Just like with my recent health issues: I spent all of my time focusing on what I couldn’t do. And I forgot all of the things that I still could do.
Focus on what you CAN do, not on what you can’t
Luckily for me, I lived with the paragon of positivity, modeling endless optimism for me every day: my little dog Jake. When he was four, Jake herniated a disc in his back and pinched his spinal cord, losing the use of his back legs. Once he had healed from surgery and gotten a zippy little wheelchair, I thought we were out of the woods. But life had another couple twists to throw at us. Not long after, he came down with myasthenia gravis, a degenerative nerve disease that attacked the muscles in his esophagus, causing him to be unable to swallow and keep down his food. Over time this led to a bout of pneumonia which almost killed him.
Don’t worry, this story has a happy ending. Jake is now 14 years old and loving every minute of his spoiled rotten life. See, the difference between dogs and humans is that dogs don’t have a sense of self pity. None. Zero. Zip. Zilch. Nada.
Instead of focusing on the loss of the use of his back legs, Jake just took off in the wheelchair the very first time I put him in there, thrilled that he could now roll around and pee all over the world again. (Typical dog priorities). And he never looked back.
Don’t underestimate the power of small changes over time
Now I know that if you are currently in the thrall of depression, this seems like it would be impossible. To just jump up and start zipping around and doing all of the things you used to do. I get it. I know the allure of the bed or the couch or the TV or the bottle can be very strong. Especially when the chemicals in your brain have you feeling so low already. But don’t let that blind you to what you are still capable of doing.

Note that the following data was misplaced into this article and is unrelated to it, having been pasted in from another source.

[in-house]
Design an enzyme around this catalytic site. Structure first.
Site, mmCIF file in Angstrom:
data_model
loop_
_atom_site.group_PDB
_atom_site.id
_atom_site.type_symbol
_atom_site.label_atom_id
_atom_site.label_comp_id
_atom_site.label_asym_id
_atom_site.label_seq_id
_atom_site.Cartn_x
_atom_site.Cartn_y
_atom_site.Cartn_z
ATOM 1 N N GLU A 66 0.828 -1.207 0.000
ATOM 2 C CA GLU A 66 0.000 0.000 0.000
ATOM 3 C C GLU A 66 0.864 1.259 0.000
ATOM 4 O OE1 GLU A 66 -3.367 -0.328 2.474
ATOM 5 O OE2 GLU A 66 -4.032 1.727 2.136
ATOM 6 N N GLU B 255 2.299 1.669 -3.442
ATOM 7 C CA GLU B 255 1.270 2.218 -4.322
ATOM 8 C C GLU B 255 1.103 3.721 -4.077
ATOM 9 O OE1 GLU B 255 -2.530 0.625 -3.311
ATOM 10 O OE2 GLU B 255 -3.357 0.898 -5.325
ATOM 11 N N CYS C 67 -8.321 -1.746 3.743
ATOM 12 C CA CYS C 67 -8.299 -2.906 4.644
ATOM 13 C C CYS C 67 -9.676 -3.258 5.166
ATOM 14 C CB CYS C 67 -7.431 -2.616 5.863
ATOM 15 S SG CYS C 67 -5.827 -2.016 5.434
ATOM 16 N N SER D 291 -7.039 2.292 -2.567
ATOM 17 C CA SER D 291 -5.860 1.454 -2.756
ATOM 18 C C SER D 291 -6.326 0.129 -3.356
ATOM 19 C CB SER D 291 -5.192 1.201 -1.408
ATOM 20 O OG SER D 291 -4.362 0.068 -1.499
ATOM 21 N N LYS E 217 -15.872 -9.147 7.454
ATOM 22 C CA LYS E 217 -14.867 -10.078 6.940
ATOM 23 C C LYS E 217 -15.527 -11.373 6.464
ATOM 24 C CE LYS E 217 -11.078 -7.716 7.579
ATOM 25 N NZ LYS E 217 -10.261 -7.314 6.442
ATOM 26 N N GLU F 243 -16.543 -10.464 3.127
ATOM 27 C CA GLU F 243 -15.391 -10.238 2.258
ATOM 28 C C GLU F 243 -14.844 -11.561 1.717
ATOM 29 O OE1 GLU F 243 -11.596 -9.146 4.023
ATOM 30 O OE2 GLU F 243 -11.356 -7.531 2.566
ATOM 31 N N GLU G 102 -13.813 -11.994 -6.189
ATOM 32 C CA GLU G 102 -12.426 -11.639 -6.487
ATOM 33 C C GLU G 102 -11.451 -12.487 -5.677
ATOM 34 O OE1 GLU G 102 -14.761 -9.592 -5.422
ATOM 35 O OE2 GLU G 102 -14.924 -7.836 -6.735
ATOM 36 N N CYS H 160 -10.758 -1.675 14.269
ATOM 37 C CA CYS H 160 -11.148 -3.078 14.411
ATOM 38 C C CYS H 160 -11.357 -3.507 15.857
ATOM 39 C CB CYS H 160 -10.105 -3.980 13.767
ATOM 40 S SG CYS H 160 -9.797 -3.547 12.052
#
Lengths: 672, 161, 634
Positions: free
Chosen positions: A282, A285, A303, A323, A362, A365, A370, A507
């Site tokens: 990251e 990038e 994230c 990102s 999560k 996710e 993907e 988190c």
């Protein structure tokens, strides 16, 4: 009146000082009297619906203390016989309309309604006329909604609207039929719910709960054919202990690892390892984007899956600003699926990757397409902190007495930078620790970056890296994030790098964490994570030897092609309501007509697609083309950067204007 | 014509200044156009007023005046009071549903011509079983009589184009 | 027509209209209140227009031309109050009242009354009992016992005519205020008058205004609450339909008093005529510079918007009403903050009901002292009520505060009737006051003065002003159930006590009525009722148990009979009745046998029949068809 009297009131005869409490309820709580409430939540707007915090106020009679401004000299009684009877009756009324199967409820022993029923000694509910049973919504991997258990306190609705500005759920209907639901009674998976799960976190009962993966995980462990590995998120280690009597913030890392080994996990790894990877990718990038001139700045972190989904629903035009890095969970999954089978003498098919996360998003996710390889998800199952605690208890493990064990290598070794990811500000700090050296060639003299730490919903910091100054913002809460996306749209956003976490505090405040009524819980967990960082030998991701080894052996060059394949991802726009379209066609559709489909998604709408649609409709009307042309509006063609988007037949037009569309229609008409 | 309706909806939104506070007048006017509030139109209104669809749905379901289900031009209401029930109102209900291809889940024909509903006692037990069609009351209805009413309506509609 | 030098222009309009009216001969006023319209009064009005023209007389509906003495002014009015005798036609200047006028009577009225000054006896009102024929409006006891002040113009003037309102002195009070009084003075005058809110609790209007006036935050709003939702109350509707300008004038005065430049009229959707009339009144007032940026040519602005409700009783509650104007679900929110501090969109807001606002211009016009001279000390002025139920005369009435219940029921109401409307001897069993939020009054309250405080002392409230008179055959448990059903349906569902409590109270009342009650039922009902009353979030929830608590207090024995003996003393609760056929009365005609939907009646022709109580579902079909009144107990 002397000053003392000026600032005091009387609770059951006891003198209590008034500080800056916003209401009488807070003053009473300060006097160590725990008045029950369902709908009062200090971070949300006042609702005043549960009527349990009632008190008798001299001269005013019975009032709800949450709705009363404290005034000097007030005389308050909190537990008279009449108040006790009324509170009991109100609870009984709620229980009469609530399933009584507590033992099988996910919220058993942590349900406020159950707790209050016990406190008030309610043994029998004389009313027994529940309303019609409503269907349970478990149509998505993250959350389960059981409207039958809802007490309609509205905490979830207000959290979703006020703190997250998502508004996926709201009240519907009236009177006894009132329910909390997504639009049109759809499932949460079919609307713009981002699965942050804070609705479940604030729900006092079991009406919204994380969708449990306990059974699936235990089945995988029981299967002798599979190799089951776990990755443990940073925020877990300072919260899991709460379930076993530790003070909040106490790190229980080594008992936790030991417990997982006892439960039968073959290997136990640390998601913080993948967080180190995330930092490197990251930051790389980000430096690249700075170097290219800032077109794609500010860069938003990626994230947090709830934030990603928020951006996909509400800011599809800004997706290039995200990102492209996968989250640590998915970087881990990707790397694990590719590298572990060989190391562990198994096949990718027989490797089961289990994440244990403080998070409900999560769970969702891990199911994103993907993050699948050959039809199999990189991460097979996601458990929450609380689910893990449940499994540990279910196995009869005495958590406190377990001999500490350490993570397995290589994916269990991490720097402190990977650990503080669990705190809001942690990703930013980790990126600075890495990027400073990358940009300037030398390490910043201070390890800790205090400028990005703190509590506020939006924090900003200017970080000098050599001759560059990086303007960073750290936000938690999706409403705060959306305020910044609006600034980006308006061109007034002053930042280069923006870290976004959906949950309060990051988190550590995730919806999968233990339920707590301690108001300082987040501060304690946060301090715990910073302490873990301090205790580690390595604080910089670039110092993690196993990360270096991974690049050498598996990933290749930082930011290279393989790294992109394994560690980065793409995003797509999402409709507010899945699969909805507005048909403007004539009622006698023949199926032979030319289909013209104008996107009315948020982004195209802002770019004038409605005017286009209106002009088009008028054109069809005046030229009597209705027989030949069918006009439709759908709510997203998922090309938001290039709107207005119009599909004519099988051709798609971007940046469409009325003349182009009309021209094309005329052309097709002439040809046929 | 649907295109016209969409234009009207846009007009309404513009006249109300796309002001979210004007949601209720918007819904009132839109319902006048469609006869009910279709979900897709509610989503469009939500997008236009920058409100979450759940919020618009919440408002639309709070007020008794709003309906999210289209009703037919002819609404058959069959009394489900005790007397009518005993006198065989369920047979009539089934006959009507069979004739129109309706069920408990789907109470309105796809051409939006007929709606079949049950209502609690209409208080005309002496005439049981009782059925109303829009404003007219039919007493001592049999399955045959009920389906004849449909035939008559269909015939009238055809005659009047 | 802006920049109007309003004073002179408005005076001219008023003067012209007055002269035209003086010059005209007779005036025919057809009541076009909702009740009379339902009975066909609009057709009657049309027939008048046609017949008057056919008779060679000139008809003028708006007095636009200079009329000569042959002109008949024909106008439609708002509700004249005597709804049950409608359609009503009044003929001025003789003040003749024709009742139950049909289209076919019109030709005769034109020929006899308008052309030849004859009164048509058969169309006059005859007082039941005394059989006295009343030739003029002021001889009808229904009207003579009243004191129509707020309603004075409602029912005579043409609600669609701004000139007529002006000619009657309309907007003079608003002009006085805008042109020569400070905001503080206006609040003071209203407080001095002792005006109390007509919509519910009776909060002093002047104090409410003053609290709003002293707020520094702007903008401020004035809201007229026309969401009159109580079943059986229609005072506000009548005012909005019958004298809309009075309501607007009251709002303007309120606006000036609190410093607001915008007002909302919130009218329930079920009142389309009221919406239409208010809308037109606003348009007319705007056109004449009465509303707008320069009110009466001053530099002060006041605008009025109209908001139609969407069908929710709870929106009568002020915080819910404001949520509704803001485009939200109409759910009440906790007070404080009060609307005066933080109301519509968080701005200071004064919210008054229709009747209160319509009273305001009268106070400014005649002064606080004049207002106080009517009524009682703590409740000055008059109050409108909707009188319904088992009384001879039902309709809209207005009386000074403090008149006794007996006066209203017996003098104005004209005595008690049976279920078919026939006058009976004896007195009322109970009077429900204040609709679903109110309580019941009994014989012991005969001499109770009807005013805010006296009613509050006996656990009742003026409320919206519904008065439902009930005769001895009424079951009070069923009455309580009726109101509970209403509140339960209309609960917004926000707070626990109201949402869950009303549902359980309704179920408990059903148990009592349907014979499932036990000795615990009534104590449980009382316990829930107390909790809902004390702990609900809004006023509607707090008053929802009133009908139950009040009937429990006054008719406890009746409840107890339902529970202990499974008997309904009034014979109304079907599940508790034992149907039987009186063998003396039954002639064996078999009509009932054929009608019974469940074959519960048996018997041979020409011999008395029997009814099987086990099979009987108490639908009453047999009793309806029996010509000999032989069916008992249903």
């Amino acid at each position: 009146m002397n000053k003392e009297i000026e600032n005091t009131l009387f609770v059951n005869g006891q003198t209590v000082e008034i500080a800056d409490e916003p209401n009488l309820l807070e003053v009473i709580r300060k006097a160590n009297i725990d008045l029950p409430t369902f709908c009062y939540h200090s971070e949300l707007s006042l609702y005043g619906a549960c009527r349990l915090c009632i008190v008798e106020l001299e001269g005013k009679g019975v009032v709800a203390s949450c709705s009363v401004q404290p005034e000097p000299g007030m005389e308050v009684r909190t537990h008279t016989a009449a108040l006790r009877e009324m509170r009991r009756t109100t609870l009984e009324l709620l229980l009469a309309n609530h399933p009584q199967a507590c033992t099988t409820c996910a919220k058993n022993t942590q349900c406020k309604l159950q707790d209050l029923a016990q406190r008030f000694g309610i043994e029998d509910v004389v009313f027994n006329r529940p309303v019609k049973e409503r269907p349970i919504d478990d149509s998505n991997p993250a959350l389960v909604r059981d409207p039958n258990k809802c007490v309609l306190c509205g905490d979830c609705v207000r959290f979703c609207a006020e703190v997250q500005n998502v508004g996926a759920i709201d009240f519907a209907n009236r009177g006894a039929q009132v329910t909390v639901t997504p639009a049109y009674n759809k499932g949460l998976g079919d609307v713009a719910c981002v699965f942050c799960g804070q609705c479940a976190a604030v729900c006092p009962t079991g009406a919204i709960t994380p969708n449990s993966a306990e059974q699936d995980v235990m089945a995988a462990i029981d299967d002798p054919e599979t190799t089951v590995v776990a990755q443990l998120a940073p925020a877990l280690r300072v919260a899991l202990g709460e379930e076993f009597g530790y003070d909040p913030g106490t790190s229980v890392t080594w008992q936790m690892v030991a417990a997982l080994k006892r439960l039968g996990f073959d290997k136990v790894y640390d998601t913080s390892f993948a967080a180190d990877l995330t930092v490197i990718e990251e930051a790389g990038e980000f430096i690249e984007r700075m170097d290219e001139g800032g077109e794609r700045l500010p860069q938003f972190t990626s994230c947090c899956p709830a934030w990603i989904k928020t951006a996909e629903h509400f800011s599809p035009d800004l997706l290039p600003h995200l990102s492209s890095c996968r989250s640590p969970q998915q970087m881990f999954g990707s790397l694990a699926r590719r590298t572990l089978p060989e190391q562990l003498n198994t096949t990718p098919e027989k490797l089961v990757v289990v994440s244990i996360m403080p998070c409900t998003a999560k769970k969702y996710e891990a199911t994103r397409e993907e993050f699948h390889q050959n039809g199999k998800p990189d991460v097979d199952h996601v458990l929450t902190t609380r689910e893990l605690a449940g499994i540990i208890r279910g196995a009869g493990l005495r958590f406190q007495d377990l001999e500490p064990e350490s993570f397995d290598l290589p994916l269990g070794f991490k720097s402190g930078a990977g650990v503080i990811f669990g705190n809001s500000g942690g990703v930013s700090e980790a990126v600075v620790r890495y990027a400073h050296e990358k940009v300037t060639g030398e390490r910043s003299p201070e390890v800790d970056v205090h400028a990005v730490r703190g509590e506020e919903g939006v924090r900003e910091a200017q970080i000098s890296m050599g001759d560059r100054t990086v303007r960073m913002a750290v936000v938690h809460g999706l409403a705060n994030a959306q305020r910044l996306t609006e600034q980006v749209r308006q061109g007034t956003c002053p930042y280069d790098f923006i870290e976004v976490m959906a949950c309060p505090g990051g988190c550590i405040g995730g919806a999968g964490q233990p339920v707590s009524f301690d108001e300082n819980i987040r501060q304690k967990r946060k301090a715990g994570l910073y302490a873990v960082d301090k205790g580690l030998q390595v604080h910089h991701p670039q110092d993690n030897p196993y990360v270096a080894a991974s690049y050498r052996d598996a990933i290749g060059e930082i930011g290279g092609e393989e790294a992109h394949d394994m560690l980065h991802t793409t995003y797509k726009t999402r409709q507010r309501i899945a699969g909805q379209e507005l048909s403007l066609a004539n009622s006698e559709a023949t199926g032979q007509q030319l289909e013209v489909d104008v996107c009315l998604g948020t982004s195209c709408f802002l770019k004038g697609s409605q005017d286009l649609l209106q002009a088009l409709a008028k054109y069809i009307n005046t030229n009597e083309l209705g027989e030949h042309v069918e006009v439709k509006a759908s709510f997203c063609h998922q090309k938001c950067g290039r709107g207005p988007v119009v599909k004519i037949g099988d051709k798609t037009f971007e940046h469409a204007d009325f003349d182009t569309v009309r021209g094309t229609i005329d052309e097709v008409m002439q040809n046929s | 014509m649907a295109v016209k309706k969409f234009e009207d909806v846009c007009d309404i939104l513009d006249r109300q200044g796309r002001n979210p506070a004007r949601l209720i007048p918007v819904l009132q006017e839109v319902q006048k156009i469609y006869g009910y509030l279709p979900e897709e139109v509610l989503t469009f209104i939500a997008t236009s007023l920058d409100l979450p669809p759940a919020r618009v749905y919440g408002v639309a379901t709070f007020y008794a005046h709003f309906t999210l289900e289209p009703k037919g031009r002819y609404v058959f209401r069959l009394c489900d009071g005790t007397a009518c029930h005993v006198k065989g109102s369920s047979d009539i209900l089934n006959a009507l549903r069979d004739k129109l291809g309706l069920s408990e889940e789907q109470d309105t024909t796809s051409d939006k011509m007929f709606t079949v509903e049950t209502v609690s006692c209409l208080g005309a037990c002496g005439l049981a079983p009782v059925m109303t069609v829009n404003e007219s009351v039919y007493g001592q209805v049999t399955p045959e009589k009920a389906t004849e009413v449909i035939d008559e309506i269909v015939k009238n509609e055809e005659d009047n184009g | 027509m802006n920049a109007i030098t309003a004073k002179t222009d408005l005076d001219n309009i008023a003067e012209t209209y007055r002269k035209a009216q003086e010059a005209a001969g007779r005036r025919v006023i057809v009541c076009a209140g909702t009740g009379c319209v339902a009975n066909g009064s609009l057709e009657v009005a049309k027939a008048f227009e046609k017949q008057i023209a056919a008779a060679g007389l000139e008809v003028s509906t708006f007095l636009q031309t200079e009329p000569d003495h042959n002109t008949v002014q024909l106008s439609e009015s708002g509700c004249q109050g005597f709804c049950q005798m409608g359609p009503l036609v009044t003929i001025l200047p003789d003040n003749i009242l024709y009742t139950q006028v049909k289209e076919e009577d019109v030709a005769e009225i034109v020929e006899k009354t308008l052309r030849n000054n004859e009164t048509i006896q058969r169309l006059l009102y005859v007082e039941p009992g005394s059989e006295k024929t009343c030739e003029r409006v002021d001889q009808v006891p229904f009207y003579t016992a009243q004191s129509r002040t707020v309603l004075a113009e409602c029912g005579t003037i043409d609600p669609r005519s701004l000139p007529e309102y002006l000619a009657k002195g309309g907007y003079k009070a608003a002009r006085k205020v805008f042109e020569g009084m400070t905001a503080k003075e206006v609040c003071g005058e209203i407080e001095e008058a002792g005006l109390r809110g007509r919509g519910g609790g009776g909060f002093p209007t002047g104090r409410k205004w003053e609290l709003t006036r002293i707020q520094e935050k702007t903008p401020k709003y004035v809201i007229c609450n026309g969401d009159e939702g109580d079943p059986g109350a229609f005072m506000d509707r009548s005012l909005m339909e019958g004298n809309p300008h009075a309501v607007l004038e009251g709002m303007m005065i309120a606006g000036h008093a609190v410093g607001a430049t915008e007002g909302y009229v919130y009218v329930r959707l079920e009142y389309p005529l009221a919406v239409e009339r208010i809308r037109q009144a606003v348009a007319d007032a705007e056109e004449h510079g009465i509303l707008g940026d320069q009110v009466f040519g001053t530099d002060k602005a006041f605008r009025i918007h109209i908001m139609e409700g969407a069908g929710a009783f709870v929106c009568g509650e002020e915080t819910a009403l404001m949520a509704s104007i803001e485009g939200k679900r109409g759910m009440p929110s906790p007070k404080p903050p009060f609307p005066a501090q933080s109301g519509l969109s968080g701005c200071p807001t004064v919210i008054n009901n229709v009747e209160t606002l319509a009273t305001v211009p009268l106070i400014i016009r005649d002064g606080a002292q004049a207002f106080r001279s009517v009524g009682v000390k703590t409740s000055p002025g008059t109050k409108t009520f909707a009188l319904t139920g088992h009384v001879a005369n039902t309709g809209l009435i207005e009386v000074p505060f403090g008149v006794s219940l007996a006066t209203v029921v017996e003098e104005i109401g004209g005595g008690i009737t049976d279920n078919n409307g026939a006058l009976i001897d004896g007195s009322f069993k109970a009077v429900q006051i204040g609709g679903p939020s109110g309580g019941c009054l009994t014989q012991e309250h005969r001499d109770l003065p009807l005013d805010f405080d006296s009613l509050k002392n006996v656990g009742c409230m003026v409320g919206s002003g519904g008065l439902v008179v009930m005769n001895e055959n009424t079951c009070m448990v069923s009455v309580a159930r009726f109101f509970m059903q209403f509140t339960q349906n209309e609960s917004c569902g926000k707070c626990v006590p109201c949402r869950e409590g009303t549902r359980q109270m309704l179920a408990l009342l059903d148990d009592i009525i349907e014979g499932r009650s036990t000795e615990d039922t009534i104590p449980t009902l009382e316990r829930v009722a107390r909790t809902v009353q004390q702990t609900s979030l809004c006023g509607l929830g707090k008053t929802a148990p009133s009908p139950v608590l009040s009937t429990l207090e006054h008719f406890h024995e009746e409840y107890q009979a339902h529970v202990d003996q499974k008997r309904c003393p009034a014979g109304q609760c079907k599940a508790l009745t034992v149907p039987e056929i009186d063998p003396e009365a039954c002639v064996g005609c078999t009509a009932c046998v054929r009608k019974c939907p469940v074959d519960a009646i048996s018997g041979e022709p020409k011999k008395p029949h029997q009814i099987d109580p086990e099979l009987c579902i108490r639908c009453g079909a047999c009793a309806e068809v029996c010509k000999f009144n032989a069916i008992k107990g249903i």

Try taking a page out of Jake‘s book. I did. And over time, I felt better. I started with little things that I could do. I would turn off the TV on a Saturday morning and instead drink my morning tea in the backyard, swinging in my hammock. Some days all I could do was go to the grocery store, and that was a success. Some days I would take a walk around the block, and then eventually I would drive to the nearby state park and go for a walk in the woods. Little by little, one thing that I could do led to another. And before I knew it, I was doing things that not so long before I thought were impossible.
The same thing happened to me this week. I started to feel hopeless, limited, like I couldn’t do anything. And that blinded me to the things that I could still do. At first it was rest that my body needed. And then gentle movement. I was able to go to a yoga class and adapt some poses for what my body could handle. Could I do a full crooked crow pose? No. But I got out of the house and I moved my body. And just that started to help me feel better. And then I started being able to go for short walks. Could I go snowshoeing or sledding in the fresh snow? No. But that didn’t mean I wasn’t able to get out and enjoy it at all.